AR, 3D printing enhance planning for complex heart surgery

2019 06 04 00 22 2795 Ar 3 D Printing 400

Researchers from Italy used augmented reality (AR) and 3D printing technology to plan surgery for a woman with a series of health complications, including ovarian cancer and an atrial septal defect (ASD), according to a case study recently published online in JACC: Cardiovascular Interventions.

The researchers from San Donato General Hospital in Milan faced the challenge of restoring adequate blood flow in a 73-year-old woman who presented with shortness of breath and pulmonary hypertension. The patient's medical history included endometroid ovarian cancer, prior stroke, and class III heart disease. Cardiac ultrasound scans of the patient revealed a sinus venosus ASD that required surgical intervention.

Due to the complexity of the patient's cardiovascular anatomy and pathology, it was critical for the surgical team to understand the precise 3D spatial relationships among all relevant anatomical structures before beginning surgery, first author Dr. Gianfranco Butera, PhD, told AuntMinnie.com.

To meet this need, Butera and colleagues generated a virtual 3D model of the patient's heart using computer software, and then they used an AR headset (HoloLens, Microsoft) to evaluate the hologram and plan their surgical approach (JACC: Cardiovasc Interv, May 15, 2019).

3D cardiac model visualized using augmented reality technology for preoperative planning. Video courtesy of Dr. Gianfranco Butera, PhD.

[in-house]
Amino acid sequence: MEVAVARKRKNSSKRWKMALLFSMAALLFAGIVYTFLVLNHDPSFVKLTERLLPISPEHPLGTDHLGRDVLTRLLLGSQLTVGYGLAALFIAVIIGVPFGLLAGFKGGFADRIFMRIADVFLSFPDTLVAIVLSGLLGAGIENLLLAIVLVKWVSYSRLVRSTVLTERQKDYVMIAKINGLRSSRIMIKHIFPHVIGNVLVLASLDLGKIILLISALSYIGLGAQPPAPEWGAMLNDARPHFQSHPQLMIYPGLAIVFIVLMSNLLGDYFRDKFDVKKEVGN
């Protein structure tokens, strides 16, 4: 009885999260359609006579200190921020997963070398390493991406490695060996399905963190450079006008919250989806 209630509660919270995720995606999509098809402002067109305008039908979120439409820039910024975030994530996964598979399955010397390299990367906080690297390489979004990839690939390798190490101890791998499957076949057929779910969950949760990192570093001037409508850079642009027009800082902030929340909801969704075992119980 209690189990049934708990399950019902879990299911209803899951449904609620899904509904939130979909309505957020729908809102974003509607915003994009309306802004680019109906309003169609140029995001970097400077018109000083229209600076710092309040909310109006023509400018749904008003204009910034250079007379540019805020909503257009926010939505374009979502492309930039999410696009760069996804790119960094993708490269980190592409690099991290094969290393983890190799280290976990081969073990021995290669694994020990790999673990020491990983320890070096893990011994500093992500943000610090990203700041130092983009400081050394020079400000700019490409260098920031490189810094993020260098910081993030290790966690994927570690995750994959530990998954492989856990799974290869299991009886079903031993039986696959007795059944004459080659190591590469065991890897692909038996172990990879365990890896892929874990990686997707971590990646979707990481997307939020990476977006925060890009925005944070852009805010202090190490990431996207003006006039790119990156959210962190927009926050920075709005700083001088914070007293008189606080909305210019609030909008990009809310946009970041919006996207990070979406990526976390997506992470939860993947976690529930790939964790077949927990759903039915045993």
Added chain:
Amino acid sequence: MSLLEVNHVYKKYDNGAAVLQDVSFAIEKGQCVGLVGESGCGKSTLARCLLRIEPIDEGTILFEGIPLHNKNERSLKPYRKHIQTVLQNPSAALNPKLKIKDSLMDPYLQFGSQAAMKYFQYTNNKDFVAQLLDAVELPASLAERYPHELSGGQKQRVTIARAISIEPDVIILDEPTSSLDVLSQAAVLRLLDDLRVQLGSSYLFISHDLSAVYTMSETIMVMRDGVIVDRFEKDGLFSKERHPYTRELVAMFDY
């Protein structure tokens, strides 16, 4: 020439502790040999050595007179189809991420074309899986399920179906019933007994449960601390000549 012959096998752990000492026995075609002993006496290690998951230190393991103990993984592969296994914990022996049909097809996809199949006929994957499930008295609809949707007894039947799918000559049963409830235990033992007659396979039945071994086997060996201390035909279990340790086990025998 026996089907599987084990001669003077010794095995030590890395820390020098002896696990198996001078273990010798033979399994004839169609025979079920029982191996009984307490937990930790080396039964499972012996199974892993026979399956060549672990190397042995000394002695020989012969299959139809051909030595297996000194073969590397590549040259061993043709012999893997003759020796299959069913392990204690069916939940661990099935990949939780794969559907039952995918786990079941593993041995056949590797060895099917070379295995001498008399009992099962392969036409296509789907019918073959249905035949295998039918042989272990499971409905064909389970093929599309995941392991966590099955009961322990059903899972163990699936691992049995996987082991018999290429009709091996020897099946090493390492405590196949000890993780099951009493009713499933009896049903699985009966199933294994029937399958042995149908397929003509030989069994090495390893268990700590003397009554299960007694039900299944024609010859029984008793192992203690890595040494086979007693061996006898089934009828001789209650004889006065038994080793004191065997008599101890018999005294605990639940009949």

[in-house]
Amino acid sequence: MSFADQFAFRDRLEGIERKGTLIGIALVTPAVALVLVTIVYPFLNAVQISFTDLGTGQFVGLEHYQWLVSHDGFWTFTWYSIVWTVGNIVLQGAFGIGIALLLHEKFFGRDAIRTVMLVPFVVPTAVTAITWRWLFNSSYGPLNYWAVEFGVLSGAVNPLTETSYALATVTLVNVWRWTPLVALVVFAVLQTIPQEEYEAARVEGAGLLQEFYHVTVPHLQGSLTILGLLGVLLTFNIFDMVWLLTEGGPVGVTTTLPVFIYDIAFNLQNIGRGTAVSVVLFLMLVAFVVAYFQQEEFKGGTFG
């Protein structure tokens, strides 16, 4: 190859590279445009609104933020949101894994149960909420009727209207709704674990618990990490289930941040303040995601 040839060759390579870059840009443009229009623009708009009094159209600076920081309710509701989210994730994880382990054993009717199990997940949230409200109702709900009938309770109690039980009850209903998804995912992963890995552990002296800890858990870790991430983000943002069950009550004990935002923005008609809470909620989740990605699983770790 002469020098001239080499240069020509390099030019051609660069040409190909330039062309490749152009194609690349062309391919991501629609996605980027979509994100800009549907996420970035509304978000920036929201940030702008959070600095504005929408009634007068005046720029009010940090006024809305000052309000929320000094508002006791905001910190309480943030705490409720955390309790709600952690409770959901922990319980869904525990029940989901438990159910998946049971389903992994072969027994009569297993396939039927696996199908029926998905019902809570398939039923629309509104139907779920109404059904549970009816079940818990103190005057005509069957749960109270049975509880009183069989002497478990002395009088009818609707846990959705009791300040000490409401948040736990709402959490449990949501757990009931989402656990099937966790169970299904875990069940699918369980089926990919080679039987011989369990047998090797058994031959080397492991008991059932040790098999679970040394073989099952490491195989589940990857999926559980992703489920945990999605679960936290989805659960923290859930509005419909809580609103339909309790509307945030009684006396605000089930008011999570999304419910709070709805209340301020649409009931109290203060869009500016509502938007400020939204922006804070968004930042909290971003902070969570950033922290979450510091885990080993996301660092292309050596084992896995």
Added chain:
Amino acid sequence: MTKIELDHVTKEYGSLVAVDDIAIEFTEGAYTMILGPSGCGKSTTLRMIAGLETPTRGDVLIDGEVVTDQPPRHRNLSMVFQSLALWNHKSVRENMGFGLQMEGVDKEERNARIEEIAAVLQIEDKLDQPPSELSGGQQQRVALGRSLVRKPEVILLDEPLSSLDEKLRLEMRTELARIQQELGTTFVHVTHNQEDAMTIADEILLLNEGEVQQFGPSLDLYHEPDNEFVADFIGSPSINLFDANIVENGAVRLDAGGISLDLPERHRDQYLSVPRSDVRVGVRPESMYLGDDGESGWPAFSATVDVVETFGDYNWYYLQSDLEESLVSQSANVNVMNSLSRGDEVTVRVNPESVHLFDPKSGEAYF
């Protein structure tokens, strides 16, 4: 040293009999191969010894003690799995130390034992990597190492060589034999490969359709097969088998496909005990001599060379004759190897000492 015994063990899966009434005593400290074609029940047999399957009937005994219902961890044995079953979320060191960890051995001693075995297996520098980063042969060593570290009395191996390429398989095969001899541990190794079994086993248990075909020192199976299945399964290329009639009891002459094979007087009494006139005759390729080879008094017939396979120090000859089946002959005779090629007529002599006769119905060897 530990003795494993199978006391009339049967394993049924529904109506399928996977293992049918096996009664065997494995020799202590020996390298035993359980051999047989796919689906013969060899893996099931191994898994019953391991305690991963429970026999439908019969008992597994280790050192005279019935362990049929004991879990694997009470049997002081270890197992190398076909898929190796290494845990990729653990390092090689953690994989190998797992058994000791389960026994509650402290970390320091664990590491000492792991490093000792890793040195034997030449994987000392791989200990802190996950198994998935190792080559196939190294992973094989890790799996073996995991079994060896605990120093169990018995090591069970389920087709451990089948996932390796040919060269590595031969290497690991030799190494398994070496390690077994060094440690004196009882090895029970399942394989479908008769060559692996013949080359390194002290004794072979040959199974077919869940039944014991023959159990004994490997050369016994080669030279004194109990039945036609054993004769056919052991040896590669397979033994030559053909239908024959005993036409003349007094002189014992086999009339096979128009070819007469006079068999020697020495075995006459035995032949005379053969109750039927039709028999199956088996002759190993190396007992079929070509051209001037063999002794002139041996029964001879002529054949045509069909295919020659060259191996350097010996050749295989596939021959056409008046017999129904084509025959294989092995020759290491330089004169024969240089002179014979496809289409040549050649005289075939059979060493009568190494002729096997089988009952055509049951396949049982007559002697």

After studying the individually tailored AR model, the group created a translucent, flexible 3D-printed model of the heart based on conebeam CT scans of the patient. The researchers used the 3D-printed model to test the feasibility of their surgical plan -- in particular, to confirm that the procedure would restore healthy venous blood flow -- after which they performed the operation on the patient. Postoperative ultrasound scans, as well as 3D AR models based on postoperative CT scans, showed significant improvement in patient health.

"Colleagues willing to develop a program about transcatheter treatment of sinus venosus ASD could take advantage of our 3D approach in order to plan successful procedures," Butera said. "The possibility to avoid open heart surgery, cardiac arrest, and extracorporeal circulation is a great advantage for the patients in terms of morbidity, length of hospital stay, pain and discomfort."

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